Tuesday, October 27, 2015

Review: Touching Bellies, Touching Lives

Ever since I got pregnant with my Little Bug, I have been somewhat obsessed with the entire process of pregnancy, labor, and birth. True story. As any birth junkie can attest to, once you get bitten by the birth bug, you never lose that fascination.

And despite my own rocky history with pregnancy, I too remain fascinated. I read every pregnancy birth I can get my hands on, sometimes reviewing newly-released ones for SF Book Review. I love talking pregnancy with my friends. I celebrate their pregnancies and revel in their birth stories. I read articles and blog posts and never, never stop learning.

I know I'm not alone in my obsession. And for people who love birth as much as I do, getting to read a book like Touching Bellies, Touching Lives by Judy Gabriel is a real treat.

Gabriel fell in love with Mexico at a fairly young age. Later, as an adult, she spent weeks and months at a time traveling through the southern parts of Mexico, meeting with traditional midwives and hearing their stories. Her book gives voice to a group of people that is in danger of disappearing completely, as Mexico adopts the worst of Western practices regarding how labor and birth should be "managed."

Many of us are already well aware of the problems that pregnant women face in America; the over-medicalization of normal, healthy, low-risk pregnancies has been getting plenty of media attention in recent years, including on some rather prominent news sites. We know that interventions are over-used, that the cesarean rate is too high, and that birth trauma is a very real issue.

But what we hear less about is how some of these problems are sneaking into other countries and cultures. Touching Bellies, Touching Lives has opened my eyes in a lot of ways. I hadn't realized that midwifery in Mexico is currently facing the same challenges that midwifery in the United States faced decades ago, that mistrust and lies are driving women away from traditional care and into hospitals. I hadn't realized that the use of pitocin (artificial oxytocin, which is the primary hormone that drives contractions during labor) had become so standardized, that even many midwives used pitocin routinely now and that pregnant women asked for it. I hadn't realized that in the hospitals in Mexico, the cesarean rate not only rivals that of the U.S., but in some places surpasses it (the book quotes 45% overall in Mexico, with some private hospitals having rates as high as 90%).

However, the heart of Touching Bellies, Touching Lives lies in Gabriel's interviews with dozens and dozens of traditional midwives throughout the region. There are so many stories scattered throughout the pages of this relatively small book, stories where women tell of how they became midwives in the first place, where they learned the skills they use to care for pregnant women, and some of the more memorable births they attended. These midwives tell of learning their practice from established midwives and local healers, of attending cursos (government-sponsored courses in midwifery), and of the way their practices have evolved over time.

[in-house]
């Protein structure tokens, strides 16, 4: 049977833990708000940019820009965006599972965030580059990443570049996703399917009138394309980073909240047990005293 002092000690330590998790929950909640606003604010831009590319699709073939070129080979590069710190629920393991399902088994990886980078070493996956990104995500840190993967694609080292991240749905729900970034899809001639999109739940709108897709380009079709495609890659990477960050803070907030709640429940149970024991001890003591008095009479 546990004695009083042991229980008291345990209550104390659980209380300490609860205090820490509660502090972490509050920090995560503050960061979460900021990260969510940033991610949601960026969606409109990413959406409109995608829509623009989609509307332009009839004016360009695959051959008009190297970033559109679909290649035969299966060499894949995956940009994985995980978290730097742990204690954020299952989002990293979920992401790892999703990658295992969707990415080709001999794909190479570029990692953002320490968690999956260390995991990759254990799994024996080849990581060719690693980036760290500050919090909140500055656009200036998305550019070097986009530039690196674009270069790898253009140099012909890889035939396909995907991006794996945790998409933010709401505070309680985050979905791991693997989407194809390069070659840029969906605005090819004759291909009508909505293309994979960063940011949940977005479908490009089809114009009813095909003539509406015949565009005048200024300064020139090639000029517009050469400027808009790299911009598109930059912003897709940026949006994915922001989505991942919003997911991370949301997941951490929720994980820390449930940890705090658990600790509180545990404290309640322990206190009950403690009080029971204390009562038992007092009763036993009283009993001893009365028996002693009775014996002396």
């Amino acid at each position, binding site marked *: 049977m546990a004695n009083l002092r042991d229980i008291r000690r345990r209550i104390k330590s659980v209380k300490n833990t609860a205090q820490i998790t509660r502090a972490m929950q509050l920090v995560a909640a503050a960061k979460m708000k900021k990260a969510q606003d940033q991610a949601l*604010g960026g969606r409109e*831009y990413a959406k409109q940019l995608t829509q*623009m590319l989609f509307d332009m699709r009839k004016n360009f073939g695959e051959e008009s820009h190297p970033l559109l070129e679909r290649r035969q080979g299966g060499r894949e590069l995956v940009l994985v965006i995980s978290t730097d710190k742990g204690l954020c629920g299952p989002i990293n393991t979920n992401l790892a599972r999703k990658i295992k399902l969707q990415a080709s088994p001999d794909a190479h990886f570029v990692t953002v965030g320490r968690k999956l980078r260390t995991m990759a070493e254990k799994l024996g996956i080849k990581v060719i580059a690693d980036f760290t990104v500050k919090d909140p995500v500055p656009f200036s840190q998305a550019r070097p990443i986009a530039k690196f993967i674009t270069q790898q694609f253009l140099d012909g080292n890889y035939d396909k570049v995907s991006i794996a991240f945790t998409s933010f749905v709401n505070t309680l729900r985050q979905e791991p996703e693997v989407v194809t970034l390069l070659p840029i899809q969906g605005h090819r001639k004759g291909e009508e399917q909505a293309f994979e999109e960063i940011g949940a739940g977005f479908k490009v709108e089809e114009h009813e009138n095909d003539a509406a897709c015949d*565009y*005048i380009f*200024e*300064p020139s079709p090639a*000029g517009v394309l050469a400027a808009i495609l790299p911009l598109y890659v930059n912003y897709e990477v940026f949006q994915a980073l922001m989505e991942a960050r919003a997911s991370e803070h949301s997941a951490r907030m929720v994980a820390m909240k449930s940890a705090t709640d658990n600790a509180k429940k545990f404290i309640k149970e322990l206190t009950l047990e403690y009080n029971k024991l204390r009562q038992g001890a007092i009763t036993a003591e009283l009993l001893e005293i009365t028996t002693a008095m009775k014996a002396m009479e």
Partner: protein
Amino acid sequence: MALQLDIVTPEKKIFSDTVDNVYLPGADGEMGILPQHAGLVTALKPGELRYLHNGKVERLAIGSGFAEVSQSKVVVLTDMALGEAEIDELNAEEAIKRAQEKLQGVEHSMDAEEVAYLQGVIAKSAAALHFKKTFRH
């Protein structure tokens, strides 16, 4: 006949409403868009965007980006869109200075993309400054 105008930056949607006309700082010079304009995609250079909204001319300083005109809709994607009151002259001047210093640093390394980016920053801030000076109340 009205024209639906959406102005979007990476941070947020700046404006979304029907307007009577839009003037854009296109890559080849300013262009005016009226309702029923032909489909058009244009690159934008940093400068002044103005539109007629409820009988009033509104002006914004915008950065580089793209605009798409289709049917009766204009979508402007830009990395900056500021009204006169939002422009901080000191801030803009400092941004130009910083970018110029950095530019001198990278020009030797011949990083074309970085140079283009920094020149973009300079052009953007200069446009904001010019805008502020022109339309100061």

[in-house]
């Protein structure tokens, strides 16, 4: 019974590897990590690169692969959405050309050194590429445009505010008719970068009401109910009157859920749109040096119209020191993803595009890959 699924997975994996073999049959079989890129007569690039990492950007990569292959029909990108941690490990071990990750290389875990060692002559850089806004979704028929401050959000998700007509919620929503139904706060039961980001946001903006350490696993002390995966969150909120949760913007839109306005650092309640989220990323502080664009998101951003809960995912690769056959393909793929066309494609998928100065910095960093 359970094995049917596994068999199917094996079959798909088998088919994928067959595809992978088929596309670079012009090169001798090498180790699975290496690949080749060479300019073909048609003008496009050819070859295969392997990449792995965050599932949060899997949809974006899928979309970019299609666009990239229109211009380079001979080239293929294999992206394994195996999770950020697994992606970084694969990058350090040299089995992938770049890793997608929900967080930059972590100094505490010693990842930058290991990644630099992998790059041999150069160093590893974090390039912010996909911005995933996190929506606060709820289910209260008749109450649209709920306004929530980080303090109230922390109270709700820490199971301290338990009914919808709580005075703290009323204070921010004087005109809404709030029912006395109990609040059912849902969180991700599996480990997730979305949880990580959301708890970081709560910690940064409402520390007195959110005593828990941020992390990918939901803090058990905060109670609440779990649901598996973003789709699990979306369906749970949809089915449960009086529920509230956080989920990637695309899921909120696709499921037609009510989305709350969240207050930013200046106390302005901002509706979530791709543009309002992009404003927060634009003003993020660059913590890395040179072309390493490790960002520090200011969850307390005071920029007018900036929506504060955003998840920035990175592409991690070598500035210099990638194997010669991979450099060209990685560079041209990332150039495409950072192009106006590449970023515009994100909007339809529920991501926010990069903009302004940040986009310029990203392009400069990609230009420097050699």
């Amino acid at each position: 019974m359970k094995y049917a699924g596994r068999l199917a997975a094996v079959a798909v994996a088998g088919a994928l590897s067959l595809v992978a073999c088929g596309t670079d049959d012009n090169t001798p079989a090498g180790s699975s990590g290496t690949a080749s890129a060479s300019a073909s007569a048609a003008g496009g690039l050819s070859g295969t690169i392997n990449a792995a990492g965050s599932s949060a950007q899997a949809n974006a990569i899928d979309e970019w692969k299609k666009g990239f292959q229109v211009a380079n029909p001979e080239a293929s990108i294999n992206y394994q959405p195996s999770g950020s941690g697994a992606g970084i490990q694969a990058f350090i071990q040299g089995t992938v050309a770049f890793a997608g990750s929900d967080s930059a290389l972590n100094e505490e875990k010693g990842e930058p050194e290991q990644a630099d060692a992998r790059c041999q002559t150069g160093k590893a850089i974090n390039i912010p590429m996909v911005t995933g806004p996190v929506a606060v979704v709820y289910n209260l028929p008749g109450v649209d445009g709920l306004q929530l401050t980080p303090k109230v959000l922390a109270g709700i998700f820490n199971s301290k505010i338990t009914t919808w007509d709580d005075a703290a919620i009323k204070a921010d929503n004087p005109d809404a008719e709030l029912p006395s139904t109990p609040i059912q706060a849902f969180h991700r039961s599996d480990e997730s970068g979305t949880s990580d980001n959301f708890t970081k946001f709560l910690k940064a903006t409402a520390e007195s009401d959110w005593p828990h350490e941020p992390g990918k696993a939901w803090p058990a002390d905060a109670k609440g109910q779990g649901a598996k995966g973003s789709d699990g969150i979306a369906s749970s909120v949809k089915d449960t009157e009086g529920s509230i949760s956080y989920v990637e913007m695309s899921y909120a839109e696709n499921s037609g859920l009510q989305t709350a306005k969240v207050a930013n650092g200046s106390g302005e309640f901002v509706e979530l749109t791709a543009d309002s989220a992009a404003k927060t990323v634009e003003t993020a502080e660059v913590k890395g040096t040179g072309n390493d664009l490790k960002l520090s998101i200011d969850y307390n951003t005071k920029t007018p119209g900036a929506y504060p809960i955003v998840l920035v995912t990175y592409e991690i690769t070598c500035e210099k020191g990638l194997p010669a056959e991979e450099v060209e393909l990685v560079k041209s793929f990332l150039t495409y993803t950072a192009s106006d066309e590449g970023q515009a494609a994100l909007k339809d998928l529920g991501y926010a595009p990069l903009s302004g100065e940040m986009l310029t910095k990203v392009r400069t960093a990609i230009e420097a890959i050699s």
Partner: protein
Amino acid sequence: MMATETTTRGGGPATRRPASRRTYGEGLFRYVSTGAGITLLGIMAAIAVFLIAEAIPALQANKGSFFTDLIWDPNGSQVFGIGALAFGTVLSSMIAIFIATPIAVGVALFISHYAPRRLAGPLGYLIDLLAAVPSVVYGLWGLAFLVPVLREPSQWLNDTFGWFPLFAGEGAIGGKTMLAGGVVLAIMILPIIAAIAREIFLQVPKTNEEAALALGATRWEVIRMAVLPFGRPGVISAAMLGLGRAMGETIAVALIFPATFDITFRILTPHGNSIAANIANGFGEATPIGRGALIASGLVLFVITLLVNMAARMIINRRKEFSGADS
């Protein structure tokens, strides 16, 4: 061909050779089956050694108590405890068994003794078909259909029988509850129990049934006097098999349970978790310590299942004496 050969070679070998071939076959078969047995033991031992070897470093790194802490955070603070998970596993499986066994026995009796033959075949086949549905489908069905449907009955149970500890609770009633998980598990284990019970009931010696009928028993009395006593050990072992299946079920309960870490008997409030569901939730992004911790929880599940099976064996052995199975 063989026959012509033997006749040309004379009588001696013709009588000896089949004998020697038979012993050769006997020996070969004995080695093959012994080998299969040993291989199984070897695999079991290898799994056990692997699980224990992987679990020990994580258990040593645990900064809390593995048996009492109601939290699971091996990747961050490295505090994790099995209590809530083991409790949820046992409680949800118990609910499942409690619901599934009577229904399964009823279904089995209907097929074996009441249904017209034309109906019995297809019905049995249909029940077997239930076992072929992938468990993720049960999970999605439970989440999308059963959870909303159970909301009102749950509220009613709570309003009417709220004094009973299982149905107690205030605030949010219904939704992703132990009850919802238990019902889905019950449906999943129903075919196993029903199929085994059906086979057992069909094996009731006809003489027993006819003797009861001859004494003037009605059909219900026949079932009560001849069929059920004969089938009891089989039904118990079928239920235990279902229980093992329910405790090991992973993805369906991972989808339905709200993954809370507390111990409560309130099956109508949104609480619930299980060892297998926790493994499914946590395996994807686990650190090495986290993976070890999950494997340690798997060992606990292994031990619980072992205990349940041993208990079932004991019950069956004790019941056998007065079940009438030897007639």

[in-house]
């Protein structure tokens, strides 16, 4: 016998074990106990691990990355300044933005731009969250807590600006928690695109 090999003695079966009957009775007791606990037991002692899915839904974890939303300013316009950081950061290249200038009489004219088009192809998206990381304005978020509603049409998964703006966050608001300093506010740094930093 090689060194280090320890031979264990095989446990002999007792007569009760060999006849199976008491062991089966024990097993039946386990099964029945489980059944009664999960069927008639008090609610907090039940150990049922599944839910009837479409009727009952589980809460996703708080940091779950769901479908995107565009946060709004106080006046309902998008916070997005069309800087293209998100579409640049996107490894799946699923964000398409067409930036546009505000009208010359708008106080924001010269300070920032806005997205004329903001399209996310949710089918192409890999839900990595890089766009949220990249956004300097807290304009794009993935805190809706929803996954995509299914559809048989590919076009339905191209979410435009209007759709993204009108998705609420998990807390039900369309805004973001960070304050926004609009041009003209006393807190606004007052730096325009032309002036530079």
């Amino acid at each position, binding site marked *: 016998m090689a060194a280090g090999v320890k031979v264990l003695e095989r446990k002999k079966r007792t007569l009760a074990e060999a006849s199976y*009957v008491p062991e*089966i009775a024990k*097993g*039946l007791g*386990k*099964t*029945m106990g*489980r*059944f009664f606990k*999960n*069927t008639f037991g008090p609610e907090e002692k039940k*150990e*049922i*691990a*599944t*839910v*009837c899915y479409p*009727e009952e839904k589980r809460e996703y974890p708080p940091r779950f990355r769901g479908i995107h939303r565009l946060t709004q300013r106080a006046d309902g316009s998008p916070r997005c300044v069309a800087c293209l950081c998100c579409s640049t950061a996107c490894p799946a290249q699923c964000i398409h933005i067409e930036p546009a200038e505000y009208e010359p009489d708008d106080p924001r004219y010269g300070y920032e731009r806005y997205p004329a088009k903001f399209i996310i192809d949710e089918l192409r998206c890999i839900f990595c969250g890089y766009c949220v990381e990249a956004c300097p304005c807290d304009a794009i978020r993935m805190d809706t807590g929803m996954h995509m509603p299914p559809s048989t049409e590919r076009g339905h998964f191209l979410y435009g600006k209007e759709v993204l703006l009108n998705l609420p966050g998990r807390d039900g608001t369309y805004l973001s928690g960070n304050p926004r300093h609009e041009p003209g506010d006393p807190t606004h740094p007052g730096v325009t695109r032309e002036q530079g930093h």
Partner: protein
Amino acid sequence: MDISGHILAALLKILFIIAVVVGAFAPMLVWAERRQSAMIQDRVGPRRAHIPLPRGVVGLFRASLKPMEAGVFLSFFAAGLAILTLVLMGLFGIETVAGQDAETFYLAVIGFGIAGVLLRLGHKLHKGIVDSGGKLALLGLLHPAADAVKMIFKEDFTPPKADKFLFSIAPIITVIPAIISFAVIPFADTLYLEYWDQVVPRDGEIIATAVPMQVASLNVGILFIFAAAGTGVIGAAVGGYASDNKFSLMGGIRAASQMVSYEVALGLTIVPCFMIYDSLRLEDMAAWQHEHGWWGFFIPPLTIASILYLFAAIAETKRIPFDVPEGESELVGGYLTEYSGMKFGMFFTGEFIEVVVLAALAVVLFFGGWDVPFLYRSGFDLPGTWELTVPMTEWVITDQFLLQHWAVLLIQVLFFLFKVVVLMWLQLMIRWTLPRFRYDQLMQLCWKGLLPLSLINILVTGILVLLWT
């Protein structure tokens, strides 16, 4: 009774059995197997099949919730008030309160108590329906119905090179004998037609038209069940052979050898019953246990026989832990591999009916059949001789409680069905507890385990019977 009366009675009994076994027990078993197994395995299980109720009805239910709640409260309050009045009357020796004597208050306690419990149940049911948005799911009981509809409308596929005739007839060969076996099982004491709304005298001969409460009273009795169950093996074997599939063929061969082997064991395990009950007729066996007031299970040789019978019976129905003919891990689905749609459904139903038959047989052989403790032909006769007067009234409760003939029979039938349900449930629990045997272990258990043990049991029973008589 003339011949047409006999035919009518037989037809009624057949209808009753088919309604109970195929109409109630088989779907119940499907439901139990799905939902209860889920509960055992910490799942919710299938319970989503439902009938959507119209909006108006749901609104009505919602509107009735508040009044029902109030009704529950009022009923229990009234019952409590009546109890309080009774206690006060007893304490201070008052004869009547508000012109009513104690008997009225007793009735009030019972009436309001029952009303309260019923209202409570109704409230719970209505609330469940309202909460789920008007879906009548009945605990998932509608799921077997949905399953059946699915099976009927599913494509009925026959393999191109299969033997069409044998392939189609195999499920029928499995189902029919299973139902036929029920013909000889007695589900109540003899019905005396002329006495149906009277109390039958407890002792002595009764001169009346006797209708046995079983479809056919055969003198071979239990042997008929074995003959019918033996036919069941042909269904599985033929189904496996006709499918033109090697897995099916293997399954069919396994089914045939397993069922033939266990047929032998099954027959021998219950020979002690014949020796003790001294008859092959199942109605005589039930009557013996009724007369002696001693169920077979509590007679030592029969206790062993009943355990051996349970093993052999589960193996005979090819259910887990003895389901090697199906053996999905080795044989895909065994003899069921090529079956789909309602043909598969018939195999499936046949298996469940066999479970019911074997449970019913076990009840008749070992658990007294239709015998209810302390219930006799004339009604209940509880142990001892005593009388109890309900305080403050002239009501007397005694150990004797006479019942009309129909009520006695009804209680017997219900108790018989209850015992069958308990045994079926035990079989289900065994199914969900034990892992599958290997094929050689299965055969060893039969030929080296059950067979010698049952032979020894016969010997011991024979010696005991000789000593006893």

Many of the midwives feel deeply drawn to midwifery by God; many described it as a calling of sorts, and many said they became midwives because there was no one else in the area to help laboring women give birth. They talk about using the rebozo (a long, wide scarf) to help reposition babies and ease labor pains, about traditional remedies for pregnancy and labor, and the value of regular belly massage throughout pregnancy. In fact, one of Gabriel's primary methods of locating midwives was to ask about women who massage the bellies of pregnant women!

Touching Bellies, Touching Lives is a fantastic and informative read. While it will appeal most strongly to those already interested in pregnancy, labor, and birth, readers of all kinds will be able to see interesting parallels between the over-medicalization of childbirth in the U.S. and similar trends in Mexico. Gabriel's passion for midwifery is clear in every page of this delightful book, which is a true pleasure to read.


I received a free copy of this book from the author in exchange for an honest review. All opinions expressed are my own!

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